President John F. Kennedy did not live to witness the final fulfillment of the most ambitious of his goals: the landing of man on the moon by the United States as he predicted. The Soviet Union had had a head start many times over, starting with the Sputnik in 1957, and the United States saw it as a competition between “tyranny” (Moscow) and “freedom” (Washington).
Since the Soviets had not landed man on the moon, Kennedy saw such a feat as being the achievement to settle the matter once and for all. So, on May 25, 1961, the American leader went to the Congress and threw the challenge that had since changed the face of space exploration.
He told the lawmakers: “I believe that this nation should commit itself to achieving the goal before the decade (the 60s) is out, of landing a man on the moon and returning him safely to the earth. No single space project in this period will be more impressive to mankind or more important for the long range exploration of space and none could be so difficult or expensive to accomplish… I believe we should go to the moon.”
That historic goal was fulfilled on July 20, 1969 before the decade was out. But alas, Kennedy who broached the vision had been assassinated on November 22, 1963. He was gone: but he had worked for history. He had seen beyond his day and prepared for the future and history he had peeped into.
That is how most observers view the pace of developments in the state of Osun under Governor Rauf Aregbesola. His policies suggest that he has one foot in today and the other in tomorrow. The criticism leveled against him has to do not only with a gross misunderstanding and ignorance of his long sightedness and mission; but more importantly also with the critics’ refusal to look past the present. We are too burdened with anxieties of the day; we do not want to brace for an encounter with history and the future. That is not the way of Aregbesola.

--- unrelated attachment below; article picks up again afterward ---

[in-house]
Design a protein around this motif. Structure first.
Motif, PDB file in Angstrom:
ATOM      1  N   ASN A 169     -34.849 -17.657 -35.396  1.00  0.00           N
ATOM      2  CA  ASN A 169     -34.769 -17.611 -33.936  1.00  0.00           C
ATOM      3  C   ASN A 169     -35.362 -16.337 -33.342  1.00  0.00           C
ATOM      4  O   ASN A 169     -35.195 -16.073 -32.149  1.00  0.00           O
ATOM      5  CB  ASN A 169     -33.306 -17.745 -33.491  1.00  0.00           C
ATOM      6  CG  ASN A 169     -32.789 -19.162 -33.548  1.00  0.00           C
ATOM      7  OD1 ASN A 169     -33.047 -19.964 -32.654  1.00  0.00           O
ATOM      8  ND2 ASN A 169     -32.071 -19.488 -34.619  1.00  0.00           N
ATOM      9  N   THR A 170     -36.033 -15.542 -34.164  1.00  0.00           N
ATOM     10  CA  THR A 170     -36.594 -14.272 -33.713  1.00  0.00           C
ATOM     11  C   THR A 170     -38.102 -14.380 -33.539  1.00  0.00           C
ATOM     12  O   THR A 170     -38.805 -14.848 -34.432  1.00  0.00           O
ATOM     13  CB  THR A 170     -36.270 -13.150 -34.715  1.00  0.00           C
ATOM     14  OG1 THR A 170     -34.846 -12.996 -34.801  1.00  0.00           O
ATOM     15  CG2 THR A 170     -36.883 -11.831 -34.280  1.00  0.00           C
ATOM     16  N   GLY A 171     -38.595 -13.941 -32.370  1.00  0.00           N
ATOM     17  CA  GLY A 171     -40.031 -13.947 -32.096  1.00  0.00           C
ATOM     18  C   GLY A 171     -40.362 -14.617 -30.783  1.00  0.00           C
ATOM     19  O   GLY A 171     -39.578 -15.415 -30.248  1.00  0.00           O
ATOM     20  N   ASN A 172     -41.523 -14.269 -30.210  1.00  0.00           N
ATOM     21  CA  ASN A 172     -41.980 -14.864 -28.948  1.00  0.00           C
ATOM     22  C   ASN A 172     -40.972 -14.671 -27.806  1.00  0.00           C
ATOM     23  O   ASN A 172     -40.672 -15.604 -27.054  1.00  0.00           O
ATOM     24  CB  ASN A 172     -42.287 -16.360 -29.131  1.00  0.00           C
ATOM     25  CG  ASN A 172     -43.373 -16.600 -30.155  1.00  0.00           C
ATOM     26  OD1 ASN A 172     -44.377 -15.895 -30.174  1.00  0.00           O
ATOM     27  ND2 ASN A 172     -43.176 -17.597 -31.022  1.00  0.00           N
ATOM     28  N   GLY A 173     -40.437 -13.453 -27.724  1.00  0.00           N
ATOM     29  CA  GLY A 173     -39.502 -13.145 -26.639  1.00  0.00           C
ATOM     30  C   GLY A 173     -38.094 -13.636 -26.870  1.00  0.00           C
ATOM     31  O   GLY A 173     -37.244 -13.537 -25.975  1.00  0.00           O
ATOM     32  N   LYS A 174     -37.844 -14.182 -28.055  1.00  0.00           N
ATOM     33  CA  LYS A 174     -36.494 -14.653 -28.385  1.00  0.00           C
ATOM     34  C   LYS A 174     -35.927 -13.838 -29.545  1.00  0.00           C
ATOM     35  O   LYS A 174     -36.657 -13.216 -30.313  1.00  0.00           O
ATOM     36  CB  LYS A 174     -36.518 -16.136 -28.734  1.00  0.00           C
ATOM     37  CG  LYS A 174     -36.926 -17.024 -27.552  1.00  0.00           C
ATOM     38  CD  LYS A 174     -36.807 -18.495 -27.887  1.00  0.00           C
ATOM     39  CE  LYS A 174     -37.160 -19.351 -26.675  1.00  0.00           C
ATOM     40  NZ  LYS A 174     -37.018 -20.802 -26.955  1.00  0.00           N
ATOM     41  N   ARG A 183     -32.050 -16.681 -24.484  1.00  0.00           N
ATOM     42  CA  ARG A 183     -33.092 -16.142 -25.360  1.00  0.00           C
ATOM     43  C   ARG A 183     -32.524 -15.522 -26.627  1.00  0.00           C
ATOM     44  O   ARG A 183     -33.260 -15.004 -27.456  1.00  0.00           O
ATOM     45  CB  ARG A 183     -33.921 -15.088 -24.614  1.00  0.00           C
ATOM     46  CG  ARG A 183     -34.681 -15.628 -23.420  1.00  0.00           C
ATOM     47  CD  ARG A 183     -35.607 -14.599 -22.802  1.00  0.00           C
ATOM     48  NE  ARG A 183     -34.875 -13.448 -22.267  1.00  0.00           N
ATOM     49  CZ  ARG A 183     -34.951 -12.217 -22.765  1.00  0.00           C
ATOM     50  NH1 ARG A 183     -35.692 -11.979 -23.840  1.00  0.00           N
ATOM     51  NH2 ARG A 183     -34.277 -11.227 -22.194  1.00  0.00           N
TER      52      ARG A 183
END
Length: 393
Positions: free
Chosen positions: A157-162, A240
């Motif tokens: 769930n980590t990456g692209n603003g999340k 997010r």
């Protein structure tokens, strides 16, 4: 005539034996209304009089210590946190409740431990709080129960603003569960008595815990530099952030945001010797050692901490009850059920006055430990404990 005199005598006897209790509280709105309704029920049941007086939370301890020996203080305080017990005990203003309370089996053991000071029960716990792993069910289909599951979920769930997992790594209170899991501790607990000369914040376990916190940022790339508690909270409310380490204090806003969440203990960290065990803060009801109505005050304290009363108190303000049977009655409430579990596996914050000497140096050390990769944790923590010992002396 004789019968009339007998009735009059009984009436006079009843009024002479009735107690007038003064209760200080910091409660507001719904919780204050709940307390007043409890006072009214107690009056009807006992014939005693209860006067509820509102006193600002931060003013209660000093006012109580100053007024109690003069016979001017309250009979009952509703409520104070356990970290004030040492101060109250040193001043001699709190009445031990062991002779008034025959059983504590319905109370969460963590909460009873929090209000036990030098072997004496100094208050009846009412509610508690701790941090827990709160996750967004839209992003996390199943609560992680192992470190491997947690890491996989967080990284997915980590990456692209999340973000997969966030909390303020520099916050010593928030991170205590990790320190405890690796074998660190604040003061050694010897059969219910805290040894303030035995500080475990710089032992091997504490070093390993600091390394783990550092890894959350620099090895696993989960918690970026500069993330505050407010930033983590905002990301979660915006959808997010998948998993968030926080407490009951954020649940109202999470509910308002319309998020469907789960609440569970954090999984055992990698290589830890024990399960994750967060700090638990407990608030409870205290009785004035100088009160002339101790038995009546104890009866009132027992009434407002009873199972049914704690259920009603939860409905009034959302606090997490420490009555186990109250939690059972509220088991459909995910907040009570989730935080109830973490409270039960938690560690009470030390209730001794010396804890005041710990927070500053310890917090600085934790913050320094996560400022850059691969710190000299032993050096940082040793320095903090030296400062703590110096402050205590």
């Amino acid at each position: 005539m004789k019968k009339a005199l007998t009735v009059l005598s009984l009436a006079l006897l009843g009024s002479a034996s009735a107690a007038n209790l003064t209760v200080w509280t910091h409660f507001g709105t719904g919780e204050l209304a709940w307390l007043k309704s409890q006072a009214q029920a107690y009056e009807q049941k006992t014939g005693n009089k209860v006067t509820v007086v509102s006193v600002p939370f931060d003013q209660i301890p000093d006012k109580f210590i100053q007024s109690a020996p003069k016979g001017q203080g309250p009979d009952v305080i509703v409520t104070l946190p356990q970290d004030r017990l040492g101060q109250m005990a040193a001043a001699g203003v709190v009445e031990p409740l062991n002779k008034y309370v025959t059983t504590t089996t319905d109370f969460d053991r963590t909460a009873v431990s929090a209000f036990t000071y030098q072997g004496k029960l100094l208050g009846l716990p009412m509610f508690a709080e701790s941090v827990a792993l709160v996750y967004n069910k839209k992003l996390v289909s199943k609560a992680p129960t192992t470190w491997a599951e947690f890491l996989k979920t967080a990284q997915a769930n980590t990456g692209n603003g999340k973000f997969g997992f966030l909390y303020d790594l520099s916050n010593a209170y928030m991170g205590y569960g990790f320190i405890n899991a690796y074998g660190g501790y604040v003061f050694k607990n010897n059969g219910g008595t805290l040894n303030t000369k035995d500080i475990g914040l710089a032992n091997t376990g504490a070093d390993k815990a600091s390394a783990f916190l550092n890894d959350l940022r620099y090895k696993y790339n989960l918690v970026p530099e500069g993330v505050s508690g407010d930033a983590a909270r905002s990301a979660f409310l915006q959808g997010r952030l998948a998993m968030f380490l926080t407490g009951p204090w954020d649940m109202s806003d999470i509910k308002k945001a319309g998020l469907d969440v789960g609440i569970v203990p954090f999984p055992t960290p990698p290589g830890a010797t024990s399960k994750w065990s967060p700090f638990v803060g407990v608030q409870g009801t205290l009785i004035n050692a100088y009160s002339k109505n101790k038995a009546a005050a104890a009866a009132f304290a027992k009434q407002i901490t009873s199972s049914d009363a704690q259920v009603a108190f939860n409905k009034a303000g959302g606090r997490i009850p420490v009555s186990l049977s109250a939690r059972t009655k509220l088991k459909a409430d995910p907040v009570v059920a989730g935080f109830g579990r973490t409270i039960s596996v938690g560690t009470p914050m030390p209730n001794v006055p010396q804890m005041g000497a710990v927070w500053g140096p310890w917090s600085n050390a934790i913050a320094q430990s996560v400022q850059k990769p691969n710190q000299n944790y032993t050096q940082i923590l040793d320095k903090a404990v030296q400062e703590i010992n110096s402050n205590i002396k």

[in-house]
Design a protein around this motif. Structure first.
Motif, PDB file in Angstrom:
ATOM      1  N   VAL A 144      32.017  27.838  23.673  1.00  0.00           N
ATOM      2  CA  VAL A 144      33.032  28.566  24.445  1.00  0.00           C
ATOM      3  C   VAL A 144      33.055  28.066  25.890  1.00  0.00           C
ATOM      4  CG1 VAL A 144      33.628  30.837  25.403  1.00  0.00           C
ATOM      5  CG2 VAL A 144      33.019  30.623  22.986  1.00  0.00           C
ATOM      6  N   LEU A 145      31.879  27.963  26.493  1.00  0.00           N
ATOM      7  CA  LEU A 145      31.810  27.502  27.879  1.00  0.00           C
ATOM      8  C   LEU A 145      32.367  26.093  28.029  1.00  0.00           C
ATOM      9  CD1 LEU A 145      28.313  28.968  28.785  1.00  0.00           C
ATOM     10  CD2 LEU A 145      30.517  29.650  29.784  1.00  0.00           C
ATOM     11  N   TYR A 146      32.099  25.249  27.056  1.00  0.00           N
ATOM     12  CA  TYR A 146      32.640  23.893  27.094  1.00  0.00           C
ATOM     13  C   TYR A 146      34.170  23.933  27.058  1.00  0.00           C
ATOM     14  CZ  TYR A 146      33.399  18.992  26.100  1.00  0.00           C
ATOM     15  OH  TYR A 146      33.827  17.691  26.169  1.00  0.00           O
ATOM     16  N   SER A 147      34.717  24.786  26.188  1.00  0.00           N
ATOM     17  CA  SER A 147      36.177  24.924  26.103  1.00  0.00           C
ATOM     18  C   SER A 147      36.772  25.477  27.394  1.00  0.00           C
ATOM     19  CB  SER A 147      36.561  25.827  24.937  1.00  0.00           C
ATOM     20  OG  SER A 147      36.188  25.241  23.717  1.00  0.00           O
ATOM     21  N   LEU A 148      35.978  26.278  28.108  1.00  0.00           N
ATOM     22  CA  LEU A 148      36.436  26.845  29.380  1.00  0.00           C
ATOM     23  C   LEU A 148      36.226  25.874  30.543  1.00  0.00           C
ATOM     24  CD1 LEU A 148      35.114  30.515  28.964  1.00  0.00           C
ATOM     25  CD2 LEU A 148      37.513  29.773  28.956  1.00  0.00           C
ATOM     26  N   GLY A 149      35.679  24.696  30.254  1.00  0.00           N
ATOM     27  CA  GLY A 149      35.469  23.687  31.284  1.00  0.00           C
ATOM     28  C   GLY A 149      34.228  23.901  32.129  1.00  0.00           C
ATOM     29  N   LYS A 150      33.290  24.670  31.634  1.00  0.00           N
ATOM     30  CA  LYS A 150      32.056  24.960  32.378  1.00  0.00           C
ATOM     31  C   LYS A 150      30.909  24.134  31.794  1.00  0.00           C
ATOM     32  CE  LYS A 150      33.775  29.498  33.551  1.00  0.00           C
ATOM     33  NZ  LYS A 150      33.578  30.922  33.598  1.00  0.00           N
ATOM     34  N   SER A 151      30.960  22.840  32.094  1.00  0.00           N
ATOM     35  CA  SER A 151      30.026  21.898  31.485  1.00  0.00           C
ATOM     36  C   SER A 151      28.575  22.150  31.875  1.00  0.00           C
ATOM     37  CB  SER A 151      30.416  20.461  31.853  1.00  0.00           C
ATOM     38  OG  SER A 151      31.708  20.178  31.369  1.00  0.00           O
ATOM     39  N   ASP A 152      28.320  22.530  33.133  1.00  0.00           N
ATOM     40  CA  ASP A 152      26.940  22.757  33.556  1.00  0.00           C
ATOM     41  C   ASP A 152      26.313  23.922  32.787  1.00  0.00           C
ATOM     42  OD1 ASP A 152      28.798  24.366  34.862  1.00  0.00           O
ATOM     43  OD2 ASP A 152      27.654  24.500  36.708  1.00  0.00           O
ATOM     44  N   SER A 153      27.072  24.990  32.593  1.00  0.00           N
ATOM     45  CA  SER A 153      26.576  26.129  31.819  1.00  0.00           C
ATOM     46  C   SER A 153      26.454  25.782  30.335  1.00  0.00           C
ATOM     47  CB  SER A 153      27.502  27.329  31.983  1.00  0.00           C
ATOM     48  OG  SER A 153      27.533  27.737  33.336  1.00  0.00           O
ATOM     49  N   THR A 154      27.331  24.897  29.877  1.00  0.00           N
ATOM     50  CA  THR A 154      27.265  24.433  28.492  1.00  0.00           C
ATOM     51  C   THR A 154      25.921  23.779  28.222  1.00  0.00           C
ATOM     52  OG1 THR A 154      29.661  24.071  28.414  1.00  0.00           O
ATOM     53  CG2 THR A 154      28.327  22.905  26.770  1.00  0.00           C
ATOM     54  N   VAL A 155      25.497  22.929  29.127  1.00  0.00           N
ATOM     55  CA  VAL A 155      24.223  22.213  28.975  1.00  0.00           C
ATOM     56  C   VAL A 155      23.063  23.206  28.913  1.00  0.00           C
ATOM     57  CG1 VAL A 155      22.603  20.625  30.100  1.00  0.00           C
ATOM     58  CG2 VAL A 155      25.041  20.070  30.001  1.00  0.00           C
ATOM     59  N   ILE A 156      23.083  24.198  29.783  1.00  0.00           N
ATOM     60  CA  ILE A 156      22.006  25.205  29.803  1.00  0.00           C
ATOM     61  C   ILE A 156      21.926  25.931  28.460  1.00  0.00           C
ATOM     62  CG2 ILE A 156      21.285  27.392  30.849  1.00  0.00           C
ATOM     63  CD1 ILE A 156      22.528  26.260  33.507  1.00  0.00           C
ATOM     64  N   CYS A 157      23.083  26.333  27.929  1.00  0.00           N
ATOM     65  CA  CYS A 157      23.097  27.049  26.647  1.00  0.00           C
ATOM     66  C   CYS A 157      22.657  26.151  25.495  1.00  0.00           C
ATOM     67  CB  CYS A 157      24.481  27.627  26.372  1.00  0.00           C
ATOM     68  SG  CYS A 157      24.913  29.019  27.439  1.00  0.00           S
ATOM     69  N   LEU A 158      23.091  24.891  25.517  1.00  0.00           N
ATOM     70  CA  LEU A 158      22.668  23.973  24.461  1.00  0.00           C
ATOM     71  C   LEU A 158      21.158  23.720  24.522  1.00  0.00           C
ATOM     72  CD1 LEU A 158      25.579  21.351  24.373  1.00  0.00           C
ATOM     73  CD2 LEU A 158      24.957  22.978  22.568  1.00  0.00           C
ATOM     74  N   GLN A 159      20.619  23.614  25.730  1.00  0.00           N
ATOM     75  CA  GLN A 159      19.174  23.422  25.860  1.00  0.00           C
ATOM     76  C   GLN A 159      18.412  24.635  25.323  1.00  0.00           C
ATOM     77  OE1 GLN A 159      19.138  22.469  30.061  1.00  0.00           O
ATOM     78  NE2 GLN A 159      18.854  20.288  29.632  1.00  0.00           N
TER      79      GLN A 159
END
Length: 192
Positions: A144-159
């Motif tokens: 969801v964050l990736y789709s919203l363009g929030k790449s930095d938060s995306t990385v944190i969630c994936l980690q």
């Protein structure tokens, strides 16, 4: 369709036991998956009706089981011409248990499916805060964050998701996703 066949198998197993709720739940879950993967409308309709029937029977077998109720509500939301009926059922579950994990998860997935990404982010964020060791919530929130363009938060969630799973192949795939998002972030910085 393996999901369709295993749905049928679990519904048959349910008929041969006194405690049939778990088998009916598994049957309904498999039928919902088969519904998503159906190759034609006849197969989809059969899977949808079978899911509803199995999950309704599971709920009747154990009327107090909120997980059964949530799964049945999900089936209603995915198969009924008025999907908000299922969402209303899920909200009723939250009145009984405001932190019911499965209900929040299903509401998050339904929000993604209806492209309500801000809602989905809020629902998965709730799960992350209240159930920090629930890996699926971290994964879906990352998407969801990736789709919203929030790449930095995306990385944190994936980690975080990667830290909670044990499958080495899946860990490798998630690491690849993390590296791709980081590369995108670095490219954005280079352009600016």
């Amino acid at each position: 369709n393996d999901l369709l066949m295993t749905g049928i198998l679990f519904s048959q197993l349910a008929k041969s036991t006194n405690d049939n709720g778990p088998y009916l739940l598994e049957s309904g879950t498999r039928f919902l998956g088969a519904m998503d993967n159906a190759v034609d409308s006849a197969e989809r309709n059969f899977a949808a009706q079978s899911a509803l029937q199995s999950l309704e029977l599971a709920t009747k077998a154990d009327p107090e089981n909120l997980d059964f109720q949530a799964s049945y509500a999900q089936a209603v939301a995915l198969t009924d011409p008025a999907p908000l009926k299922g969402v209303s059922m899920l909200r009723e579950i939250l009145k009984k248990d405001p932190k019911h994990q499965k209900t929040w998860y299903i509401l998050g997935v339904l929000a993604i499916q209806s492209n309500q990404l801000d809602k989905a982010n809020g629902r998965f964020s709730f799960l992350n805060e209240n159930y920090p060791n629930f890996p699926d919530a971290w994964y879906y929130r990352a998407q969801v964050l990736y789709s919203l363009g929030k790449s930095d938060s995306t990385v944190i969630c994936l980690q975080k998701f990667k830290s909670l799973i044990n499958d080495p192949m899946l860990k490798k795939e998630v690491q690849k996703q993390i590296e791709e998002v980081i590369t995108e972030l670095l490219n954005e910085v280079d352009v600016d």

We seem to be thinking that the future generation would take care of their own headache when the time comes. Really? No! Not so! The leader is only a good leader if while addressing today’s challenges, he is able also to do today what the future would benefit from, without compromising today and the future. That is the stuff of great men. Ghana is a stable polity today on account of the institutional philosophy of governance and probity its founding leader Osagyefo Dr. Kwame Nkrumah worked out in the 50s and 60s while he was at the helm. The Southwest is still a leader in a number of spheres in Nigeria today because of the developments pioneered by its first premier Chief Obafemi Awolowo. Ditto for the role played by the United States’ founding presidents, George Washington and Thomas Jefferson among others together with the civil war hero President Abraham Lincoln.
None of these rooted themselves in the present. They all spent precious time looking into history. They asked what they could do to make a difference in leadership, in governance and in the lives of the people. And history and society have always honoured them.
In my candid opinion, that is exactly what Governor Rauf Aregbesola is doing in the state of Osun. His deep thrust of intervention in education will have irreversible impact on the citizen who will emerge as the leader of tomorrow by virtue of the fact that he is getting exposed to the technology and skills that would make him fit into the future.
His uncanny policy of employing 20,000 youths at a go in his first 100 days in office in 2010 has succored a depressed economy to push the young ones for a say in the affairs of history. The figure has gone up to 40,000 now. How about agriculture? Aregbesola has introduced a strategy to capture part of the thriving multi billion naira market in Lagos for the farmers of Osun. Not only that,the Osun farmers have already been empowered. Many were given loans for poultry and fish farming. And they are doing very well. He has established a meeting point at Dagbolu on the outskirts of Osogbo where the farmers can get their crops transported by rail to the old federal capital for sale, for prosperous business.
In tourism, the Aregbesola administration is targeting N15 billion as revenue in 2015.He met an Internally Generated Revenue of about N300m and today, the government is raking in N1.6 billion monthly without subjecting anyone to extra taxation. In the strategic health sector, the government is undertaking radical changes in the primary, secondary and tertiary stages of health delivery.
Like John Kennedy, it is obvious that Rauf Aregbesola is thinking beyond today. That is the key to solving society’s fundamental problems. The serious problem with leadership in Nigeria is that our helmsmen are too stuck in today. Let us have an eye on history.
Let us do what the present and tomorrow will hail us for.